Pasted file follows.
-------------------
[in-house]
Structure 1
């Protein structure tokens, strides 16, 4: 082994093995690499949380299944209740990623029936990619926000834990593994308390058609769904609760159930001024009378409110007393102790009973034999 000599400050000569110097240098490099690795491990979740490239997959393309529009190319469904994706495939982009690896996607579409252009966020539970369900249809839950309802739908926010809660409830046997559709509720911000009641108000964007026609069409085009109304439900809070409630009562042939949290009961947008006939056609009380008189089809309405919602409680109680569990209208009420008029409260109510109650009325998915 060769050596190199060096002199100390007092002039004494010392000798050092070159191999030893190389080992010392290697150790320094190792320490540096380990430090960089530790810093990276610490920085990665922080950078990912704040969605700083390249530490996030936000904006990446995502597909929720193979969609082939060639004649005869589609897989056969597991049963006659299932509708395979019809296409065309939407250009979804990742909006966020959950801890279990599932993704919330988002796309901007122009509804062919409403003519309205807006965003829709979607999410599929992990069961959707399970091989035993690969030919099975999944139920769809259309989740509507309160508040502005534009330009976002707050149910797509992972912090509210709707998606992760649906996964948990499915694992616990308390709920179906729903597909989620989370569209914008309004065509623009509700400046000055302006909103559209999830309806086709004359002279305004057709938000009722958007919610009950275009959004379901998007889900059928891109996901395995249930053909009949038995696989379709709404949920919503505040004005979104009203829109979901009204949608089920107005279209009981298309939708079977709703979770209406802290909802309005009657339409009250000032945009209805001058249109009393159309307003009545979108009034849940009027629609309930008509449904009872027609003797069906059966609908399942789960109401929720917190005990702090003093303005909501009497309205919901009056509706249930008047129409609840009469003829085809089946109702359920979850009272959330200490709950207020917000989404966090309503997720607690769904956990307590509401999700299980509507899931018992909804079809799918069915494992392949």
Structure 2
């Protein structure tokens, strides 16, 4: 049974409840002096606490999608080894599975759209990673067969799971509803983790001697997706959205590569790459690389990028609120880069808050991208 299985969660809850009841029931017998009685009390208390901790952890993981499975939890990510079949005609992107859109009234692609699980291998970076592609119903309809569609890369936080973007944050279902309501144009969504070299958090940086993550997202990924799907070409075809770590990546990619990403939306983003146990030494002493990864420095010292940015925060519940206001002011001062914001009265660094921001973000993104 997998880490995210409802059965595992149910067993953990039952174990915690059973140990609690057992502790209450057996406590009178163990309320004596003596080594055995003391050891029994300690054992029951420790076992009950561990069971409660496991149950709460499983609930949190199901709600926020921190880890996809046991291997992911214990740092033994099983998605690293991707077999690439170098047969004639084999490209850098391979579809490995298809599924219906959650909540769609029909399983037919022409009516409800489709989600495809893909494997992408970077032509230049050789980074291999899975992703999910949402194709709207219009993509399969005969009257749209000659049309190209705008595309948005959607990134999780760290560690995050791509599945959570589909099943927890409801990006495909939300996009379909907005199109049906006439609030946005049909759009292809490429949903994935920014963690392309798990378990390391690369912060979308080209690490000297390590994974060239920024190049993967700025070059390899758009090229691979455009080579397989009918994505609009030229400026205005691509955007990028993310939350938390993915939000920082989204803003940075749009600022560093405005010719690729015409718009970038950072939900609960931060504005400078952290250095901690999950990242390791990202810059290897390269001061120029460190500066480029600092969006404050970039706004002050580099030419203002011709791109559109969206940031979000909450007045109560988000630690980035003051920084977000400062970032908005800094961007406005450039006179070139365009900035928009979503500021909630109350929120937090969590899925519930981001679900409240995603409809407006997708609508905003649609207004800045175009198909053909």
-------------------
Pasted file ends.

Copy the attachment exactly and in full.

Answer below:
[in-house]
Structure 1
């Protein structure tokens, strides 16, 4: 082994093995690499949380299944209740990623029936990619926000834990593994308390058609769904609760159930001024009378409110007393102790009973034999 000599400050000569110097240098490099690795491990979740490239997959393309529009190319469904994706495939982009690896996607579409252009966020539970369900249809839950309802739908926010809660409830046997559709509720911000009641108000964007026609069409085009109304439900809070409630009562042939949290009961947008006939056609009380008189089809309405919602409680109680569990209208009420008029409260109510109650009325998915 060769050596190199060096002199100390007092002039004494010392000798050092070159191999030893190389080992010392290697150790320094190792320490540096380990430090960089530790810093990276610490920085990665922080950078990912704040969605700083390249530490996030936000904006990446995502597909929720193979969609082939060639004649005869589609897989056969597991049963006659299932509708395979019809296409065309939407250009979804990742909006966020959950801890279990599932993704919330988002796309901007122009509804062919409403003519309205807006965003829709979607999410599929992990069961959707399970091989035993690969030919099975999944139920769809259309989740509507309160508040502005534009330009976002707050149910797509992972912090509210709707998606992760649906996964948990499915694992616990308390709920179906729903597909989620989370569209914008309004065509623009509700400046000055302006909103559209999830309806086709004359002279305004057709938000009722958007919610009950275009959004379901998007889900059928891109996901395995249930053909009949038995696989379709709404949920919503505040004005979104009203829109979901009204949608089920107005279209009981298309939708079977709703979770209406802290909802309005009657339409009250000032945009209805001058249109009393159309307003009545979108009034849940009027629609309930008509449904009872027609003797069906059966609908399942789960109401929720917190005990702090003093303005909501009497309205919901009056509706249930008047129409609840009469003829085809089946109702359920979850009272959330200490709950207020917000989404966090309503997720607690769904956990307590509401999700299980509507899931018992909804079809799918069915494992392949």
Structure 2
């Protein structure tokens, strides 16, 4: 049974409840002096606490999608080894599975759209990673067969799971509803983790001697997706959205590569790459690389990028609120880069808050991208 299985969660809850009841029931017998009685009390208390901790952890993981499975939890990510079949005609992107859109009234692609699980291998970076592609119903309809569609890369936080973007944050279902309501144009969504070299958090940086993550997202990924799907070409075809770590990546990619990403939306983003146990030494002493990864420095010292940015925060519940206001002011001062914001009265660094921001973000993104 997998880490995210409802059965595992149910067993953990039952174990915690059973140990609690057992502790209450057996406590009178163990309320004596003596080594055995003391050891029994300690054992029951420790076992009950561990069971409660496991149950709460499983609930949190199901709600926020921190880890996809046991291997992911214990740092033994099983998605690293991707077999690439170098047969004639084999490209850098391979579809490995298809599924219906959650909540769609029909399983037919022409009516409800489709989600495809893909494997992408970077032509230049050789980074291999899975992703999910949402194709709207219009993509399969005969009257749209000659049309190209705008595309948005959607990134999780760290560690995050791509599945959570589909099943927890409801990006495909939300996009379909907005199109049906006439609030946005049909759009292809490429949903994935920014963690392309798990378990390391690369912060979308080209690490000297390590994974060239920024190049993967700025070059390899758009090229691979455009080579397989009918994505609009030229400026205005691509955007990028993310939350938390993915939000920082989204803003940075749009600022560093405005010719690729015409718009970038950072939900609960931060504005400078952290250095901690999950990242390791990202810059290897390269001061120029460190500066480029600092969006404050970039706004002050580099030419203002011709791109559109969206940031979000909450007045109560988000630690980035003051920084977000400062970032908005800094961007406005450039006179070139365009900035928009979503500021909630109350929120937090969590899925519930981001679900409240995603409809407006997708609508905003649609207004800045175009198909053909």